Also, and more importantly, I believe that the barbarian is a sort of deadly symptom, which forced itself unto me from without via Claudio’s friendship (which has truly been a sort of unavowable community) and the nigredoI underwent together with the various members of the Gruppo di Nun; it is almost an unconscious prefiguration of a destitution so palpable, totalizing and annihilating I lack the vocabulary to describe it. It is, in a sense, a mystical and apophatic apparition of the monstrosity of the “letting go” proposed by U/Acc Neo-Futurism and by the insurrectionary anti-politics born out of the world-at-war we live in. As a figure, it has no positive conceptual content, but it forces a soaring and disarticulating vision unto the reader, coalescing the digital neo-millenarian folklore which feeds this weird theory scene into one single image, into a vector of positive unsovereignty and affirmative violence and cruelty against the familiar, the usual, the human. It might not be a pleasant vision (imagine my barbarian as Rimbaud’s barbarian, imagine my barbarian cutting himself to pieces and drinking blood out of a horse pumping vein), but it’s definitely a vision. “The world that hardens up around us is just a collective perception of homeness. A constructed safety which oftentimes sinks into boredom, depression and exhaustion of the imagination. Fixation and attachment are embedded in the society of spectacle. To reach for another outside, this real needs to destabilize, to unhome, the body needs to nd a new human, to unself. We need to work with our presence, with unknown kinds of presence, “to lose our third leg” – the one that we were not aware of having. Become disorganized matter, blobs of chaos, slime molds. To unvertebrate ourselves and give the vestibular over to vertigo, become molusks. To grow “thousands of cilia blinking”, to become “protozoic, pure protein”. Or let the completely unimaginable take over.”(A. Popa, The Second Body and Multiple Outside)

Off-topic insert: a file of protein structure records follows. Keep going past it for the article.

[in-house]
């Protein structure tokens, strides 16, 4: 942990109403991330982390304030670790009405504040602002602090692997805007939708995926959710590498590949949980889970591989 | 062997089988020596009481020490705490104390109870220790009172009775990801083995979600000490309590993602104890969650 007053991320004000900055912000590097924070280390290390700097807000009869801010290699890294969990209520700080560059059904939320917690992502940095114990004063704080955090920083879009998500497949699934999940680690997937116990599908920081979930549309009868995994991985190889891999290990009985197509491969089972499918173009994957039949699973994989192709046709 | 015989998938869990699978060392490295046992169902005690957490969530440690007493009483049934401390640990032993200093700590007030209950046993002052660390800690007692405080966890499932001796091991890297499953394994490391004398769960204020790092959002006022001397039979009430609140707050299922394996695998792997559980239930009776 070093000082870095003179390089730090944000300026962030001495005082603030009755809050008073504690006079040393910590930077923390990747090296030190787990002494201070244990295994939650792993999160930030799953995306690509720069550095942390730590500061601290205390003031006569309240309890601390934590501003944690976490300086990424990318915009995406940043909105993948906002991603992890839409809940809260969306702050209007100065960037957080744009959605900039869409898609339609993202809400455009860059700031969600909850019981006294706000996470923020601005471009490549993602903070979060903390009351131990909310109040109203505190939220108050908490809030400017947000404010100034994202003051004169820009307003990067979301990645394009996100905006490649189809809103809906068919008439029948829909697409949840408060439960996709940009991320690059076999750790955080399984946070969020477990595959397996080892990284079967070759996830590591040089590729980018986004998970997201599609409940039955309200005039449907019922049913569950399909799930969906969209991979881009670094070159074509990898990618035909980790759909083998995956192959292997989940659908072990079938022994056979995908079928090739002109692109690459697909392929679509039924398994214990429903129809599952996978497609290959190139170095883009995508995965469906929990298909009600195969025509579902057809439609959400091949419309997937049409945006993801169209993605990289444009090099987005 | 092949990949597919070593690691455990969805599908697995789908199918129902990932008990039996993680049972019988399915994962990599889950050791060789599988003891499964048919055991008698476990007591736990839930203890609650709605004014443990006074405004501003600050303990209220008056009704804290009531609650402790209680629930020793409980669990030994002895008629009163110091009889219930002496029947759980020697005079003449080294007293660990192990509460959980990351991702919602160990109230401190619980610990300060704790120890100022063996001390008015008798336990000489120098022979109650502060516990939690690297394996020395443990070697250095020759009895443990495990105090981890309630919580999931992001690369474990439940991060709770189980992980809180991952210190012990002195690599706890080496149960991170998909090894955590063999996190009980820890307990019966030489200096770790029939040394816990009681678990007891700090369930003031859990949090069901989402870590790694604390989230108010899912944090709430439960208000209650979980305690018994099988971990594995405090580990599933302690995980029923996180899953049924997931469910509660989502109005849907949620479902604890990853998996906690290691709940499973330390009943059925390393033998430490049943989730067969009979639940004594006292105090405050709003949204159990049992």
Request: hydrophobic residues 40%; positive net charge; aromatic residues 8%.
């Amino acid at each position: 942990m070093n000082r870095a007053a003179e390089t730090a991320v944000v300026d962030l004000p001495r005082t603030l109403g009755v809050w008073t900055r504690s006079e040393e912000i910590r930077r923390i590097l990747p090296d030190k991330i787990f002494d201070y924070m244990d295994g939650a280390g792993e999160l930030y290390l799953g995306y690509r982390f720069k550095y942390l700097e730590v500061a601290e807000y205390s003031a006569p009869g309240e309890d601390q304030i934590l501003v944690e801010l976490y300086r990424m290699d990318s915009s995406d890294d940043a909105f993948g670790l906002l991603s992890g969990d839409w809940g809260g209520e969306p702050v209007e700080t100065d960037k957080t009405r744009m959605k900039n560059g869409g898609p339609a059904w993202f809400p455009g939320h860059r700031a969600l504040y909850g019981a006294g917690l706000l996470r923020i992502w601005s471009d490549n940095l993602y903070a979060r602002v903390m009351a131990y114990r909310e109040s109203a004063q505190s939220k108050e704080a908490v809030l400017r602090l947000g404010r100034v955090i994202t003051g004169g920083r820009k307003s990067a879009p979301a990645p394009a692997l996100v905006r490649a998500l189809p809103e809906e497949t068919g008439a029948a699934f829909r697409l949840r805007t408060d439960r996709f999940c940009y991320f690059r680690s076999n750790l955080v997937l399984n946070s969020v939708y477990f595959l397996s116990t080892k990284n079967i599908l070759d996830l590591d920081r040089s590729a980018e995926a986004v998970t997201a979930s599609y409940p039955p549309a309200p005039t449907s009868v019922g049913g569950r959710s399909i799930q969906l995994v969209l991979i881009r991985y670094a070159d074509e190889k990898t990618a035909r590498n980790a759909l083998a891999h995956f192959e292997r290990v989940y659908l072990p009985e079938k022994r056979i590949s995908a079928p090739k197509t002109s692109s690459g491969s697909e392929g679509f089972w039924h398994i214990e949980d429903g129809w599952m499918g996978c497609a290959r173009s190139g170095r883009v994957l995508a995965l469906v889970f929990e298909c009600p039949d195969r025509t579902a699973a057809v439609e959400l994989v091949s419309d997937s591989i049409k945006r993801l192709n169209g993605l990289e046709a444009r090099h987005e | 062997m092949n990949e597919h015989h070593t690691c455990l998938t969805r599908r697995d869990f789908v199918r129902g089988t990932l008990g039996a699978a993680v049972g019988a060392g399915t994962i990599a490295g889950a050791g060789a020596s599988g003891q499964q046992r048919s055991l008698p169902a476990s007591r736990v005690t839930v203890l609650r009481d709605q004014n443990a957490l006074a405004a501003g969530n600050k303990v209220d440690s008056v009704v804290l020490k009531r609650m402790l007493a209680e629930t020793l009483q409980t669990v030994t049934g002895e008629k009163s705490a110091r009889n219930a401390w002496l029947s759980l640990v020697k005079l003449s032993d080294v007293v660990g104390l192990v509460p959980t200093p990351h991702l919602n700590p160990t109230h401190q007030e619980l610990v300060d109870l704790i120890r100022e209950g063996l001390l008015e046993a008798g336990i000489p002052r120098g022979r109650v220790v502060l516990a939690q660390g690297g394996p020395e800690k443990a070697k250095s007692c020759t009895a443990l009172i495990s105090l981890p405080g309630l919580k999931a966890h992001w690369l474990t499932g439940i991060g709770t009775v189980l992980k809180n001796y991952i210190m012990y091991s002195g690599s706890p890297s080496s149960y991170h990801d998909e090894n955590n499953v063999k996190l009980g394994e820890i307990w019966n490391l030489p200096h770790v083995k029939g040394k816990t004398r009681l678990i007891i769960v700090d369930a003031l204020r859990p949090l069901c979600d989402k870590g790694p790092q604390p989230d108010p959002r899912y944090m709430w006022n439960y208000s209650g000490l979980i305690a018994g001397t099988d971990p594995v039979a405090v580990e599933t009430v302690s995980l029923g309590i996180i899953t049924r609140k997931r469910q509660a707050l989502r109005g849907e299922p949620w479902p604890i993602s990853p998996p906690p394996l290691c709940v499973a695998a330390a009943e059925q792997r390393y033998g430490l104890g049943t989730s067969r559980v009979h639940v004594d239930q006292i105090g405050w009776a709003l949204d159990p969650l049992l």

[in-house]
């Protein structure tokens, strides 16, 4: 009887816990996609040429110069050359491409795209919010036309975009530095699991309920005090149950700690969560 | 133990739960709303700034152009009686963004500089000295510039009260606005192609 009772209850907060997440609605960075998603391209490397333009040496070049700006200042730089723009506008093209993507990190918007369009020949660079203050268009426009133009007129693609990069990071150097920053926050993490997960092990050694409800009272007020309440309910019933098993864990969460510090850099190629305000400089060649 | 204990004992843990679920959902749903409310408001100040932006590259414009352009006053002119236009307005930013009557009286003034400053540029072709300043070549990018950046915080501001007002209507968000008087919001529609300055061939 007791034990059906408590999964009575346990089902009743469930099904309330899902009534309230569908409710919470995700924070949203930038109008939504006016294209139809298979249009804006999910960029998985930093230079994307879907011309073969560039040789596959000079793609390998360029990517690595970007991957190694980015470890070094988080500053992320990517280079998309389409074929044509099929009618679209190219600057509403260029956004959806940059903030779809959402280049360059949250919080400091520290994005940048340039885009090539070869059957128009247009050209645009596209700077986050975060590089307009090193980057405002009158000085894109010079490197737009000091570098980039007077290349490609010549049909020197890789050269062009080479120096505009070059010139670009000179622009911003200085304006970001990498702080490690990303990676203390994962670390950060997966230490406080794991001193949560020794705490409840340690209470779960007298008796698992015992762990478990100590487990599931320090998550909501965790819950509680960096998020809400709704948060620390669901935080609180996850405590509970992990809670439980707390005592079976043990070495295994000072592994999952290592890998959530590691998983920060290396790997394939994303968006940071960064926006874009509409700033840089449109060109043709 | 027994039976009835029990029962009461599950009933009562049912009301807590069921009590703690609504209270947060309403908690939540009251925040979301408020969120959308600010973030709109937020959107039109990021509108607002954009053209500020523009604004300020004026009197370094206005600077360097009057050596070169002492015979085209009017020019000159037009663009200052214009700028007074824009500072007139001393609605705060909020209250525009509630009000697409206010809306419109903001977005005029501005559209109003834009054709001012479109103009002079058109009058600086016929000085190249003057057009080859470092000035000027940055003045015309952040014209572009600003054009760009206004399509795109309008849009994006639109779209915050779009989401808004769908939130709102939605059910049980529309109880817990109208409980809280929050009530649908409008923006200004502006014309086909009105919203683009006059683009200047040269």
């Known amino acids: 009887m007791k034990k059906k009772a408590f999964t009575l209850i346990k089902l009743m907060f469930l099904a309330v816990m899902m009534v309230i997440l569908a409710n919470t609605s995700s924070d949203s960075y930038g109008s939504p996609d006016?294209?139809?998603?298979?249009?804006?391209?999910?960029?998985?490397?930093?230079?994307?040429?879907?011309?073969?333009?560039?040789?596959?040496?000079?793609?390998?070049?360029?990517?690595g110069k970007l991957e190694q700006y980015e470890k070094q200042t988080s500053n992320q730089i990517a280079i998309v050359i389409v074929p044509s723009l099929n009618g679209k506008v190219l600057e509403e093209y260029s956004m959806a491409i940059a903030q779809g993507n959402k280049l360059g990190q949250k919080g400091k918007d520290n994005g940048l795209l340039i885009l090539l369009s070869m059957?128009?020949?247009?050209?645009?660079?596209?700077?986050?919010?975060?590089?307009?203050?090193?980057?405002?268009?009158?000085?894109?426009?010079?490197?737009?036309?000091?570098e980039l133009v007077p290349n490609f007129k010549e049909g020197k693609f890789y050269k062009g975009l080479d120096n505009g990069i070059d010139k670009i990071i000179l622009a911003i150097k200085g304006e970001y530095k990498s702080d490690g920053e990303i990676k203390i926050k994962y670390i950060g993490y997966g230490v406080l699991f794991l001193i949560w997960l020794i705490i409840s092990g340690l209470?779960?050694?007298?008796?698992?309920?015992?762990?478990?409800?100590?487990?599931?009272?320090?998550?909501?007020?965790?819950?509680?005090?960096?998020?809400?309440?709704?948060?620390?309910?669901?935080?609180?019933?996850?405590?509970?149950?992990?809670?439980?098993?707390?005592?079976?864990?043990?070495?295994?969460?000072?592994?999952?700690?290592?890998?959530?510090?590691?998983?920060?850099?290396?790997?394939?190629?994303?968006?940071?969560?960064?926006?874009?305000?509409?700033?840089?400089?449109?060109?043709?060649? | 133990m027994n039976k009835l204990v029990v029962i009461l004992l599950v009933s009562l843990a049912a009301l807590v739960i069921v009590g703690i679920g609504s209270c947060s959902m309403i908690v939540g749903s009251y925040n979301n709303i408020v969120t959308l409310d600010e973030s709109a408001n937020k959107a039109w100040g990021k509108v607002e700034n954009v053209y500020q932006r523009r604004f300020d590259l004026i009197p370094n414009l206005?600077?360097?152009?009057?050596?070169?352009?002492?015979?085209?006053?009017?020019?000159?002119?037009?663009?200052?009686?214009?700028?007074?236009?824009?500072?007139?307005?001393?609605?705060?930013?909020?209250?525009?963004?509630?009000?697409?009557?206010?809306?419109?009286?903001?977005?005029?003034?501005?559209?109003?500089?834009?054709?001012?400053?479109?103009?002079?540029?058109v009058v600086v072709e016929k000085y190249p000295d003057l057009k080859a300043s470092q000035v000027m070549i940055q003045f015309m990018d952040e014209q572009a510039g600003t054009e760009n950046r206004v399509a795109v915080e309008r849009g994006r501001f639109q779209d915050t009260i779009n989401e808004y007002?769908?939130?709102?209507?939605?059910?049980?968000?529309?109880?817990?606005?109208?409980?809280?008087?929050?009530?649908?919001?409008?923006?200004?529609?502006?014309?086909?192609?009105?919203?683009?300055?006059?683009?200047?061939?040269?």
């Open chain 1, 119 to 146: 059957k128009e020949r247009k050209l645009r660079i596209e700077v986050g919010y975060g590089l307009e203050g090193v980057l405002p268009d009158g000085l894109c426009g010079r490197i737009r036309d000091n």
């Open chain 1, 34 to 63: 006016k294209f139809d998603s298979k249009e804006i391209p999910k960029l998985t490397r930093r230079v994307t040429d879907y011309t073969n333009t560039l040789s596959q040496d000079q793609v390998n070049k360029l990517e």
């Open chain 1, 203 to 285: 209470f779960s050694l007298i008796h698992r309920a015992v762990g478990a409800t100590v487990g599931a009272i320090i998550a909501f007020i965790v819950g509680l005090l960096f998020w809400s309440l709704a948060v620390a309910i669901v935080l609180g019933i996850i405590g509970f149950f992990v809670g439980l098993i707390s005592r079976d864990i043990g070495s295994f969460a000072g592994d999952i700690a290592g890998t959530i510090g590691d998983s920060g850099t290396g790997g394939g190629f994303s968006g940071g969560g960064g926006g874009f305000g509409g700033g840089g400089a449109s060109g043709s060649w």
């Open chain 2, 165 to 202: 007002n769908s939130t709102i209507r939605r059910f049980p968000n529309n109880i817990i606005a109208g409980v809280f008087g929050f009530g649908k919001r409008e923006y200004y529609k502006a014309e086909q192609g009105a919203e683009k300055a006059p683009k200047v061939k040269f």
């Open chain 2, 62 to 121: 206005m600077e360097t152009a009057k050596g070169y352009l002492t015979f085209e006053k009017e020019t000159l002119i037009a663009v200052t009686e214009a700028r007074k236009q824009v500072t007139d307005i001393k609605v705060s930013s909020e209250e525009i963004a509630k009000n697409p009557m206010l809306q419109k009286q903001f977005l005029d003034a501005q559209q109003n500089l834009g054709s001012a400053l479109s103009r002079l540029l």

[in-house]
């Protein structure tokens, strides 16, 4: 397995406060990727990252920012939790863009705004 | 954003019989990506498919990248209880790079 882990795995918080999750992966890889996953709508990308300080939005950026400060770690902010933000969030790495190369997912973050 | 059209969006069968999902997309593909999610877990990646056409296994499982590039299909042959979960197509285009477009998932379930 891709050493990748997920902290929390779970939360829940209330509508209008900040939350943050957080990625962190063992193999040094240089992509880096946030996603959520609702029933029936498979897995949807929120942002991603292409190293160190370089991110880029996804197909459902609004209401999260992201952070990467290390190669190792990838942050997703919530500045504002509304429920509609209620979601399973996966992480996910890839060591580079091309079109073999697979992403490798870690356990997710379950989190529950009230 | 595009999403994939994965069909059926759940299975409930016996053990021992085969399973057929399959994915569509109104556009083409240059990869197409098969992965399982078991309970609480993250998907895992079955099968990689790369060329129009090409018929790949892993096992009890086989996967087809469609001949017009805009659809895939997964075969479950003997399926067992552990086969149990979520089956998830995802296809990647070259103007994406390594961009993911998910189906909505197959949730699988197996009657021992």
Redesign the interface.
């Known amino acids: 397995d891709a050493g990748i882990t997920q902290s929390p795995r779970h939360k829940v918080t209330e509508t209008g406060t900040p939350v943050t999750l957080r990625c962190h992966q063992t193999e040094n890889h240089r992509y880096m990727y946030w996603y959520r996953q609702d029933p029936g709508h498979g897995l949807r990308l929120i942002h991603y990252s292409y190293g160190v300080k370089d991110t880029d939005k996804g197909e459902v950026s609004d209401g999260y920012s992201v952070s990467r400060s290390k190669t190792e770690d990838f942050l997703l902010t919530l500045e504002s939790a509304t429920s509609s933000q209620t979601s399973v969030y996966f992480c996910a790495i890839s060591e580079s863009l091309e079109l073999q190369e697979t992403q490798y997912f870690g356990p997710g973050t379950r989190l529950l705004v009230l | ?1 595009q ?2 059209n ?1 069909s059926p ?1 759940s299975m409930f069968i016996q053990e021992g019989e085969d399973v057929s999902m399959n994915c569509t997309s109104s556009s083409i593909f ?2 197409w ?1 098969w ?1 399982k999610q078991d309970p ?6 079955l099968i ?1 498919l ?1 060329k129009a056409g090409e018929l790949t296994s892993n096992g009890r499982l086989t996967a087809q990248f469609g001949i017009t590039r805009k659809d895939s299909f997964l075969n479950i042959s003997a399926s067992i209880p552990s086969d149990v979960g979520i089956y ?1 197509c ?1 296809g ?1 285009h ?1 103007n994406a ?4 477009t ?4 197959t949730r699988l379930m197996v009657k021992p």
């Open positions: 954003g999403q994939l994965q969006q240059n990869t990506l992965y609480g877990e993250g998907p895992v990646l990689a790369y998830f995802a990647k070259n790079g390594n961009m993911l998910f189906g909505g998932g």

D.B.:The key notion of time that two of your members Rhettt and Claudio have addressed here concerns the ‘cancellation of the future’ Could both of you underline your take pertaining to temporality and its relation to political struggle? At some level there appears to be overlap regarding notions of Tragedy or animating a ‘Neo-Dark Ages’ as a vector that reactivates un-actualized past(s) or lost futures tossed in the trash-heap of the present. Secondly, do you draw influence from the revival of Georges Sorel who conceives of myth-making as a vital resource in political struggle? As I understand he doesn’t regard Myth-Making as a recapitulation or reproduction of a historical reality, past or cultural vision, rather as a means to orchestrate and breed a new militancy and political struggle in the present. Could we regard Myth-Making and ‘Opening up to the Outside’ as a synonymous effort?